Last Updated Friday, May 14, 2021
Increasing the average order size is a way to increase profits without increasing marketing costs. Get existing customers to buy more by using these six tips to increase your average sale.
Image source: Photospin.com
Increased revenue may come where you least expect it: from your current customer base. While attempting to attract new buyers is a tried-and-true method of boosting sales, you can also do well encouraging customers to buy more from you by increasing their average order size. Consider boosting your sales by using the following methods.
Cross-selling is the process of offering suggestions that go along with the item someone is purchasing. Would you like batteries to go along with that electronic toy? How about a protective case for your new tablet? Websites often try to cross-sell by showing a list of items that people frequently purchase together with the item they just added to the shopping cart. When you incorporate this into your website, you’ll be able to increase sales. If you’re selling in a brick-and-mortar store, having a knowledgeable sales staff can be a big help. When the salespeople know your product inside and out, it becomes a lot easier for them to address a buyer’s needs and suggest other items the person might want to purchase. You can also create displays that group such items together.
Upselling is the act of convincing people to buy something bigger and better than what they were originally going to purchase. For example, if the person was purchasing a laptop, you would suggest that this individual buy a laptop with more memory or a faster processing speed. When a customer is primed to buy, the additional price doesn’t always seem so high. Service plans or warranties are other examples of upselling. The buyer spends a bit more for the added protection.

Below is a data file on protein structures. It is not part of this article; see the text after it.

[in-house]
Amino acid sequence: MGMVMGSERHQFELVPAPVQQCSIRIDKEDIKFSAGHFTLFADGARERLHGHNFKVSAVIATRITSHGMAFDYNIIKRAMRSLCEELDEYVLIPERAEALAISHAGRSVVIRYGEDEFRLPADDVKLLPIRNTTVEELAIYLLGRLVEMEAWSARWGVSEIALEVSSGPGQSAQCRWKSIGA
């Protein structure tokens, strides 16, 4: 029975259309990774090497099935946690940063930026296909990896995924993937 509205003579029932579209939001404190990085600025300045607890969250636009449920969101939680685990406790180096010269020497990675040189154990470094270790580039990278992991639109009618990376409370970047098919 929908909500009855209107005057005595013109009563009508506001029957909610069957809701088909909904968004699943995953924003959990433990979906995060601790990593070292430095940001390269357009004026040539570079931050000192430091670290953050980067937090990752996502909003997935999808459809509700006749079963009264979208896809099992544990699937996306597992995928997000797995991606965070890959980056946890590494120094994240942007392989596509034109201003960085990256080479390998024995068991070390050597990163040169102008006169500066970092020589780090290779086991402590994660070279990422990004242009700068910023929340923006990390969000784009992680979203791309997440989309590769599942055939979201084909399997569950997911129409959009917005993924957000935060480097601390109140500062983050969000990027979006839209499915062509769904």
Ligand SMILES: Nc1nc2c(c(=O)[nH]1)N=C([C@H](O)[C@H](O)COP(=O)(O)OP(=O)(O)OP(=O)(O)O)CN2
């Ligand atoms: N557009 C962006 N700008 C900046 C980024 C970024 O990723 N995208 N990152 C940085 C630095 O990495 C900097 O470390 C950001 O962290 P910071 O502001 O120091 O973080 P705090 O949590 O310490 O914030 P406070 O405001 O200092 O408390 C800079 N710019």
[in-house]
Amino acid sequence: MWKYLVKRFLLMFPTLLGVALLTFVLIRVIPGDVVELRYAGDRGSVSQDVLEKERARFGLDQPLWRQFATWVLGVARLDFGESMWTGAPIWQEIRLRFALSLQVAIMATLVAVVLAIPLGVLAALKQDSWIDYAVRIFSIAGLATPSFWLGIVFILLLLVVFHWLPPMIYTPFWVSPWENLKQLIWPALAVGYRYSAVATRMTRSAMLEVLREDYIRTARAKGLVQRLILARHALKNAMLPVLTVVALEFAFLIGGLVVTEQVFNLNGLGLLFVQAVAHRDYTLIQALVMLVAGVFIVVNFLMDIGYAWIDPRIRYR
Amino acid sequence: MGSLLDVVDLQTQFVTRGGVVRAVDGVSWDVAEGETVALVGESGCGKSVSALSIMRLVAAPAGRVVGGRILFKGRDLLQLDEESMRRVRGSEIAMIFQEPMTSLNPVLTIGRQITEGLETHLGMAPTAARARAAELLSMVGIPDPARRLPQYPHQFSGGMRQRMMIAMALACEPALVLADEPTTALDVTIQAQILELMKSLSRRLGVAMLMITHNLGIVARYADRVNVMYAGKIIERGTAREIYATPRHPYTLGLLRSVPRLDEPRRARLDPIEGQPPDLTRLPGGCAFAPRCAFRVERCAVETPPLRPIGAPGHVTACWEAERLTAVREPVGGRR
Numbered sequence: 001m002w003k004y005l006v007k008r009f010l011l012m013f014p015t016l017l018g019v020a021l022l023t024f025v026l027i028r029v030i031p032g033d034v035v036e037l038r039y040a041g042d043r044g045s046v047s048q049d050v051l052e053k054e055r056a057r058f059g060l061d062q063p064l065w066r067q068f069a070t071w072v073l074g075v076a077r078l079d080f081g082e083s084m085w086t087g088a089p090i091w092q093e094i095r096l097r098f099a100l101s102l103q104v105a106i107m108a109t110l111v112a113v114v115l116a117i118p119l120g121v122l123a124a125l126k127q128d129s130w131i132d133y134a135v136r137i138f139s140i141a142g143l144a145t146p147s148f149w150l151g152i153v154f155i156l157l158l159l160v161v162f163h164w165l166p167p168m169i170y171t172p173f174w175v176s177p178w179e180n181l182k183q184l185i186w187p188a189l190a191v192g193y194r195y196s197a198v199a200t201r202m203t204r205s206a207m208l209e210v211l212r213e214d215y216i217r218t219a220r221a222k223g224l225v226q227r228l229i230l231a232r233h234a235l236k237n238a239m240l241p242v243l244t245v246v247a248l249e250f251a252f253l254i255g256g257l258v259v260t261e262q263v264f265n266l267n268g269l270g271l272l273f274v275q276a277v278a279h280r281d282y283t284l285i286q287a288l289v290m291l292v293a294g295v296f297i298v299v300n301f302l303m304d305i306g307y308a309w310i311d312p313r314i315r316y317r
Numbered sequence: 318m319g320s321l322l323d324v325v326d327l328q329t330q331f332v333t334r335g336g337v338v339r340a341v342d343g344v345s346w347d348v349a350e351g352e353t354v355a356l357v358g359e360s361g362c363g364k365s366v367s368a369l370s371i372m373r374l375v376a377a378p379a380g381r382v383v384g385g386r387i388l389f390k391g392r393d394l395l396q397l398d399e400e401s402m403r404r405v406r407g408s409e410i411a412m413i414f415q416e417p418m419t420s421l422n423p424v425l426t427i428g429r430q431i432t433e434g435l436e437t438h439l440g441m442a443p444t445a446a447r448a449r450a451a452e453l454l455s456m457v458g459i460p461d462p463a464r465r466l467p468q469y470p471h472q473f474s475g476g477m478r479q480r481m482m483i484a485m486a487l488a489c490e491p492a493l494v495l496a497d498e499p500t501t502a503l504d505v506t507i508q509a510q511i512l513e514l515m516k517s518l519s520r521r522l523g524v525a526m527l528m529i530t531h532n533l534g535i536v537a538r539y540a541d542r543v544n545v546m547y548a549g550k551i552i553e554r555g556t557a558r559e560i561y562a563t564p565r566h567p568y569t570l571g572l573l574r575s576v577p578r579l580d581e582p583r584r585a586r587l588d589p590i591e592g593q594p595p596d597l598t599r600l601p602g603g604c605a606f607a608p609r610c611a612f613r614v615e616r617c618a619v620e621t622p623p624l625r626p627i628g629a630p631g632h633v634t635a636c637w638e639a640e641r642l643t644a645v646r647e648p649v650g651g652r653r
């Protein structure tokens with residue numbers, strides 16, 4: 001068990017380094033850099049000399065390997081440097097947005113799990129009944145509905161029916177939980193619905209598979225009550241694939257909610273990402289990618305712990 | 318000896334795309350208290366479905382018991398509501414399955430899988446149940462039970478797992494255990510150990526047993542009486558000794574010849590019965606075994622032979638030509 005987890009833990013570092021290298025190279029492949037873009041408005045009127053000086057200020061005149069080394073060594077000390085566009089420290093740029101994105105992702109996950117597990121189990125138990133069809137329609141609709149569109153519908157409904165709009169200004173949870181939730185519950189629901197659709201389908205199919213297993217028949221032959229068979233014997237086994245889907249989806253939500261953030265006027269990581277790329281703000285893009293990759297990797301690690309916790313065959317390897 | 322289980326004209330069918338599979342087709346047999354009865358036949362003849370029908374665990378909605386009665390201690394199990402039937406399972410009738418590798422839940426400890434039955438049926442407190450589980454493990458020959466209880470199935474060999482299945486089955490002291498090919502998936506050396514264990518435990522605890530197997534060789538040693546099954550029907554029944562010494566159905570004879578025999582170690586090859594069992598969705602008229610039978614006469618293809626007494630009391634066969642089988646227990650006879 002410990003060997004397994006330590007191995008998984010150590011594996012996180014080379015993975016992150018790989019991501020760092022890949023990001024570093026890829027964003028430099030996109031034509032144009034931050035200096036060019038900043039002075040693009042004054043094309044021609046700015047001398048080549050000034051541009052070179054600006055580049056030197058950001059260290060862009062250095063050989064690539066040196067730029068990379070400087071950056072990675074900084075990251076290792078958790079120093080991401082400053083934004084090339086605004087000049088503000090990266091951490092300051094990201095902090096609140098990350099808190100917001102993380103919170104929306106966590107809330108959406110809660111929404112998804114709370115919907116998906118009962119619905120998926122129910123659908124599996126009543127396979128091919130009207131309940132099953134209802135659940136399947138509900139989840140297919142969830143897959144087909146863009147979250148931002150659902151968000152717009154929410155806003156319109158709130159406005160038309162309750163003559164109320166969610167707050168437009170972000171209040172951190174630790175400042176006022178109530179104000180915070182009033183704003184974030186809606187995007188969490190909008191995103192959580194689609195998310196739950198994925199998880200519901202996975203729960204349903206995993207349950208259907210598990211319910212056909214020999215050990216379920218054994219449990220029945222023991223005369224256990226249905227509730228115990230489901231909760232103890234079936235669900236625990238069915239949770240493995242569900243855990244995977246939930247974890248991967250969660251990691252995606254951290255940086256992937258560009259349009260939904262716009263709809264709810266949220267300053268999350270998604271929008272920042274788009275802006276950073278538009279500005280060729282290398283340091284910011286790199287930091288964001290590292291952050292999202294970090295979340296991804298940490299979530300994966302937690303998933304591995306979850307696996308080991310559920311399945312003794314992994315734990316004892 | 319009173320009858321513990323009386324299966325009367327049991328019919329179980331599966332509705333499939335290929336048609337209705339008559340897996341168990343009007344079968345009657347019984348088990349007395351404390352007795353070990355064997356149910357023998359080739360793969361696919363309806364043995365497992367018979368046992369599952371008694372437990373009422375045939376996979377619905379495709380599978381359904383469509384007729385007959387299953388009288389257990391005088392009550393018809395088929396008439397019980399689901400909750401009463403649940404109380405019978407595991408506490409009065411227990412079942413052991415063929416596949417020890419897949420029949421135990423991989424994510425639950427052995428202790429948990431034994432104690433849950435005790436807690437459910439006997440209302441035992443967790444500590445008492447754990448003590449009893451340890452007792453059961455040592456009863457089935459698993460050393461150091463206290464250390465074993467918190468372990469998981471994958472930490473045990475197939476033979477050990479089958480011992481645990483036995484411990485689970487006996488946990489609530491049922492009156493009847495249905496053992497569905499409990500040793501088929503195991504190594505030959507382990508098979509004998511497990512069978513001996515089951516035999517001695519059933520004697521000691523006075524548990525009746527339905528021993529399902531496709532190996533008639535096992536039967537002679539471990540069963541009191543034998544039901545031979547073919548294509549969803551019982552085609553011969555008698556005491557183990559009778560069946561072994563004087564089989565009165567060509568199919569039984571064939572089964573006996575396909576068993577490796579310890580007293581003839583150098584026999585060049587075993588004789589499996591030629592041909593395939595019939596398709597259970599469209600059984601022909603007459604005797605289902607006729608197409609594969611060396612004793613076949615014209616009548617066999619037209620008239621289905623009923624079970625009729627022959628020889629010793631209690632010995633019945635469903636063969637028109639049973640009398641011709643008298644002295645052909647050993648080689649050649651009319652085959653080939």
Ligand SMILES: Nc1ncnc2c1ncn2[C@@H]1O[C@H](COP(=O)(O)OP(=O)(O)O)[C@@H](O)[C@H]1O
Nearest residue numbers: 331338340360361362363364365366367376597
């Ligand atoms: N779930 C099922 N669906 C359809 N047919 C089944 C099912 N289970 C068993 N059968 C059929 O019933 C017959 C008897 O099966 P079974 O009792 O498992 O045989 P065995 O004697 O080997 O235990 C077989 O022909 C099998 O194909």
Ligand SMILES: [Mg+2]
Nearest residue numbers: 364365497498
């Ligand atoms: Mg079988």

With a limited time offer, the customer feels pressure to make a quick decision about a purchase. Sometimes, it’s a sale that catches her eye as she’s walking past a store in the mall. Online, it may be a limited time offer with a clock counting down the seconds until the offer expires. If it’s a product that the person was already thinking about buying, purchasing during the limited time offer is a no-brainer. Even if the offer is something she hadn’t considered, though, the pressure of missing out on a good deal could prompt her to make the purchase.
Free Shipping or Delivery Thresholds
Customers don’t like paying shipping and delivery charges. In fact, they may be ameanable to buying a little more than they had planned to if the extra purchase will get them free shipping. You can take advantage of that by offering free shipping or free delivery as a perk for orders above a certain threshold. Doing so may not only help increase the average order size, but also win sales you might have lost if you didn’t have that incentive.
Coupons with Date Restrictions
The more often you can get customers into your store, the more overall sales you’re likely to make. One way to have people come back again and again is to offer coupons that are only valid at certain times. For instance, you might send out coupons that are good for the first half of the month along with coupons that are only good during the second half of the month. This works particularly well if the coupon is only good for a single item rather than the entire purchase. The customer will want to come back both times to be able to use both coupons and will probably purchase a few extra things while he’s in the store.
The More You Pay, the More You Save
You can also increase sales by increasing the amount of money a coupon is worth when the person spends more. For instance, you might offer a $10 off coupon for those who spend $50 and a $25 off coupon for those who spend $100. Getting $25 off is a better deal, and many people will choose to buy more in order to reach the $100 threshold. This technique can work at a variety of price points.
Cash Back for Future Purchase
Another technique that stores are using is to offer a “cash back” option that’s good toward a future purchase. For example, you might offer a customer a $10 off coupon for every $50 she spends in your store. These coupons can then only be used during a designated time period. This works well for the store in two ways. First, she might pick up a few extra things if she’s close to hitting the threshold for a higher amount of cash back. Then, she comes back to the store another time to spend the “free” money and will likely spend a bit more while she’s there. Best of all, the customer feels like she’s getting a great deal.
There are plenty of things you can to do to increase the average order size of your customers. However, different techniques work best with different companies, so it’s always smart to try out different methods to see which ones work best for you.